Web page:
They tell a lot. Echoes beckon, linger, and whisper in every doorway, up the stairs, and all around. 
If you're interested in more on Skagway, you can purchase my book Skagway: It's All About The Gold. Click on the cover image in the right sidebar to take you to your purchase portal.

Thursday, October 23, 2014

PART B: Skagway's First Cabin

This is part of a series on Skagway's historical buildings. Check the BLOG ARCHIVE for stories about Skagway’s Gold Rush stores, cabins, and homes—and the people who built them, lived in them, and died in them. . .
Skagway's First Cabin
photograph by Brenda Wilbee
Twenty-one-year-old Ben Moore filed the 160-acre homestead along Skagua Bay in 1886, but it was his father’s dream, and to all who’d listen, the old man would predict a pack trail through the pass, followed shortly afterward by a wagon road, eventually a railroad track. Very few agreed. 
“Well, I hope the undertaking you folks have started here will fulfill your expectations," was one remark, "but I am afraid you are losing time and energy here in this." Ben writes: “These were the same discouraging remarks we always heard about our Skagway Bay wharf and land location.”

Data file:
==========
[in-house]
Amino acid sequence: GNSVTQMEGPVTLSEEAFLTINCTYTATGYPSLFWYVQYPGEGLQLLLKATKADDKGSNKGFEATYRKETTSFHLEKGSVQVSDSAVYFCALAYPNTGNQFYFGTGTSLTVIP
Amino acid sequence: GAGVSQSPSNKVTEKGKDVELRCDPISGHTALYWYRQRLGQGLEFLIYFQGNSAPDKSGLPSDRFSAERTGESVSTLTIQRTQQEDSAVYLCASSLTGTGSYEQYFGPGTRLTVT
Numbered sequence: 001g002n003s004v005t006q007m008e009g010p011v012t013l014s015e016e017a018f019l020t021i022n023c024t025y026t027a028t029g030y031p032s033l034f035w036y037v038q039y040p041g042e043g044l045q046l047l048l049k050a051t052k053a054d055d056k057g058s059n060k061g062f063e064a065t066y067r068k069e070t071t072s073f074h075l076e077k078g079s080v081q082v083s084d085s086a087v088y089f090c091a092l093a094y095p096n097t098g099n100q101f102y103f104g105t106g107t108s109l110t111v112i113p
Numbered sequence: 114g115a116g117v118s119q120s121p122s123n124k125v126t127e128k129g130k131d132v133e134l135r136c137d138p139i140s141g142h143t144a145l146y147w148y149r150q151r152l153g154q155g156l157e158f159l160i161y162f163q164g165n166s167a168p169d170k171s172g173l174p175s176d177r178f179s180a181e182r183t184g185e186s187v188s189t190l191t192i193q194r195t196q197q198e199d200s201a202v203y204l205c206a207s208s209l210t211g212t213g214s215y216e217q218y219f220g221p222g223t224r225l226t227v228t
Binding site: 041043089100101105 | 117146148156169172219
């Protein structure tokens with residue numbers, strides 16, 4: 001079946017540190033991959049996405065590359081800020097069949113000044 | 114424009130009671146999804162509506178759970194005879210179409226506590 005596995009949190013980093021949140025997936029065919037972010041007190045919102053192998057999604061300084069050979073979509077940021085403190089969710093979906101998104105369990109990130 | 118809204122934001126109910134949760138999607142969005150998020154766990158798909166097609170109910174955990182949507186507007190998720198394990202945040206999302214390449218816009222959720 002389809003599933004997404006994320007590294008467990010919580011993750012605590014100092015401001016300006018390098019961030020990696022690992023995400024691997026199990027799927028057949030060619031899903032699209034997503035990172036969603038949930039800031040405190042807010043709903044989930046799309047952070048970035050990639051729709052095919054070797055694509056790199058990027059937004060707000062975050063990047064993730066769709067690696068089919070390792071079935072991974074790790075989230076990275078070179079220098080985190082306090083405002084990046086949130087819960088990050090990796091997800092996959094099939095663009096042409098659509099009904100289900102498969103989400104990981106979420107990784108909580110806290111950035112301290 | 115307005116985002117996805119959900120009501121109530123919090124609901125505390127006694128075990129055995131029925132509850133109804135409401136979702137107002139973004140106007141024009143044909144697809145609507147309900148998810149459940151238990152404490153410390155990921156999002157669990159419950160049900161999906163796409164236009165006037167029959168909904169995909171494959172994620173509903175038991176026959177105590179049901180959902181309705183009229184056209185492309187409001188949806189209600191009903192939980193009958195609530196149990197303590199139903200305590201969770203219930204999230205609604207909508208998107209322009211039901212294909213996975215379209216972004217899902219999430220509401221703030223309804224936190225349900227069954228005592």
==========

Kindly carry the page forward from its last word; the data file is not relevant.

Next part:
Ignoring the naysayers, Ben and his dad worked diligently (though sporadically) to “prove up,” diverted by the need to fund themselves, earning money by piloting steamships or working in sawmills and salmon canneries—and appealing to financiers and hiring help whenever they could. Ten years they bumbled along like this, coming and going. Finally, April 1896, Ben decided to move his family up permanently. 
“My wife and I,” he wrote, “worked together fixing up the log house, chinking it better, putting in a good window, a back and a front door a rough floor, and making pieces of rough bunks and furniture out of poles.” Shortly afterward, his father announced some pretty good news: He’d finally gotten financial backing, some English Company.

Skagway 1896
Library of Congress LC-USZ62-122304 4-75